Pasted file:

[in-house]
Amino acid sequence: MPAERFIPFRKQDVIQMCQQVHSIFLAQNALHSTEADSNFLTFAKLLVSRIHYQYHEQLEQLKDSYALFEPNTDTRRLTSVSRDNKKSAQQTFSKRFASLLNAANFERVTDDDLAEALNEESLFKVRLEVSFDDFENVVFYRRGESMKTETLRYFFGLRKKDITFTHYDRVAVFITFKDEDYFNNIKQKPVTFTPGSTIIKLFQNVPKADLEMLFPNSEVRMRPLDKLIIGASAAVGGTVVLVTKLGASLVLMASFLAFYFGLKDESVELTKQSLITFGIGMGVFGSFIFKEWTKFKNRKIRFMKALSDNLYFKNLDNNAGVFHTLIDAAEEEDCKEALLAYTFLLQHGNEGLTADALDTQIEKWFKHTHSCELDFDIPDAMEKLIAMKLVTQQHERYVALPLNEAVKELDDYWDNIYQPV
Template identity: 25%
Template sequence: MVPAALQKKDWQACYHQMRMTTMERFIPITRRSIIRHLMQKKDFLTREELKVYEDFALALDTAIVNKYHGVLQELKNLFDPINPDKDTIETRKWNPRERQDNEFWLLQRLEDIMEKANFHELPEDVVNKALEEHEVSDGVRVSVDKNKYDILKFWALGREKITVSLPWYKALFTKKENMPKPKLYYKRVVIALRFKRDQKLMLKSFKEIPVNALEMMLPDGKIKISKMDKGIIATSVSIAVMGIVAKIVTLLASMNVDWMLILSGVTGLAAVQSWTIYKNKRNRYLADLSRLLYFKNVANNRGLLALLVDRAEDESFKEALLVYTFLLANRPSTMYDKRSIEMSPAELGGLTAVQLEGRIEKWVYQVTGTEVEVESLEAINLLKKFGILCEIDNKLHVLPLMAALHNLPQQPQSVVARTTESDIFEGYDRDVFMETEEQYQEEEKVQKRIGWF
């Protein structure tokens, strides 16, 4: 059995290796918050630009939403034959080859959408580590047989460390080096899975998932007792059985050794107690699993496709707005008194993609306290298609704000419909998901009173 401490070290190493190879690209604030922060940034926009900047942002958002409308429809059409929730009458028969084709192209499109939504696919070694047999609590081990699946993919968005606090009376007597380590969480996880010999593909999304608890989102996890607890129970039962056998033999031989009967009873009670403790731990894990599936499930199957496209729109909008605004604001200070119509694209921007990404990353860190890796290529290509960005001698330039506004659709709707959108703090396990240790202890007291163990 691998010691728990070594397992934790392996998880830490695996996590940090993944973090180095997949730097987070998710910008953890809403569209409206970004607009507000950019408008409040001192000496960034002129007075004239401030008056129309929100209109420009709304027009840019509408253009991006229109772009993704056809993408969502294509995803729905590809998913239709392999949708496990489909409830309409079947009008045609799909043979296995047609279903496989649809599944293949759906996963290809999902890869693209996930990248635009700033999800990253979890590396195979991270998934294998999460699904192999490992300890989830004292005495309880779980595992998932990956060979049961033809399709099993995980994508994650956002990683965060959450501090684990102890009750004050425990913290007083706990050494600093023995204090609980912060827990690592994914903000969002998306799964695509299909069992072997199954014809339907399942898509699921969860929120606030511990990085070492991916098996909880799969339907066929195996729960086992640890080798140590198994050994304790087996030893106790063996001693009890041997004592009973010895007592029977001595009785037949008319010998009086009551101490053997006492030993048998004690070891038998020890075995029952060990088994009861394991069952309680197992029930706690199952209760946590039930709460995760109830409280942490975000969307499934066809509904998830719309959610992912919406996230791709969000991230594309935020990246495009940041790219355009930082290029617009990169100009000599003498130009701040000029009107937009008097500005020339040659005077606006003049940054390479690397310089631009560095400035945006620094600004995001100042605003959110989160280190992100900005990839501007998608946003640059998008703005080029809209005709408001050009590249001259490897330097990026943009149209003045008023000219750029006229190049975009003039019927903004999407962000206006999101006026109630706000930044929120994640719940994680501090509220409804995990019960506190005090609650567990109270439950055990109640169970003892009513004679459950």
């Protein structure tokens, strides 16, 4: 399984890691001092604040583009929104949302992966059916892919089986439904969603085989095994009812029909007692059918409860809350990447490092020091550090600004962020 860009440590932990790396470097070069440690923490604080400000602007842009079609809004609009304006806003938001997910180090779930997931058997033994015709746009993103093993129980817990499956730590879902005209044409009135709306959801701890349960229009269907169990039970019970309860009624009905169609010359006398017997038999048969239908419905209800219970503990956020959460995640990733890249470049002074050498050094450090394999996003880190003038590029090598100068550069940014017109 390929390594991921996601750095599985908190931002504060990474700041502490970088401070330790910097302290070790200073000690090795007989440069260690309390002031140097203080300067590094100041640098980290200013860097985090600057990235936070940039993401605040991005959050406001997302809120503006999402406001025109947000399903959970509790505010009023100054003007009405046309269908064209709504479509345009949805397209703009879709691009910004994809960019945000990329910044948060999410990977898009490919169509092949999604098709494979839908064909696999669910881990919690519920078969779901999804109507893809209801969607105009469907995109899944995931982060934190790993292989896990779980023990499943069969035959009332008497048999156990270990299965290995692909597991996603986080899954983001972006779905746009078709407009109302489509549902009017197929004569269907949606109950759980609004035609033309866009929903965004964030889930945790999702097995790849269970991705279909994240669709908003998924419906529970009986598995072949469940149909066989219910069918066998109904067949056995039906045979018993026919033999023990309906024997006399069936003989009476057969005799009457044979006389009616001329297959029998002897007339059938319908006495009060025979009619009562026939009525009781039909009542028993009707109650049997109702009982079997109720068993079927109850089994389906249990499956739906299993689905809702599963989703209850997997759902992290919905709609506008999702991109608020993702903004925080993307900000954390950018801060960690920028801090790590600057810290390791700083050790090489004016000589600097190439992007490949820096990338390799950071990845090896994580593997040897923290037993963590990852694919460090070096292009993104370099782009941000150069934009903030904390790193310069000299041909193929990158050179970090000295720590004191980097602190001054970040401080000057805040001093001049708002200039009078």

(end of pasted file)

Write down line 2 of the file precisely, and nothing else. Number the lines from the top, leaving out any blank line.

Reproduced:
Amino acid sequence: MPAERFIPFRKQDVIQMCQQVHSIFLAQNALHSTEADSNFLTFAKLLVSRIHYQYHEQLEQLKDSYALFEPNTDTRRLTSVSRDNKKSAQQTFSKRFASLLNAANFERVTDDDLAEALNEESLFKVRLEVSFDDFENVVFYRRGESMKTETLRYFFGLRKKDITFTHYDRVAVFITFKDEDYFNNIKQKPVTFTPGSTIIKLFQNVPKADLEMLFPNSEVRMRPLDKLIIGASAAVGGTVVLVTKLGASLVLMASFLAFYFGLKDESVELTKQSLITFGIGMGVFGSFIFKEWTKFKNRKIRFMKALSDNLYFKNLDNNAGVFHTLIDAAEEEDCKEALLAYTFLLQHGNEGLTADALDTQIEKWFKHTHSCELDFDIPDAMEKLIAMKLVTQQHERYVALPLNEAVKELDDYWDNIYQPV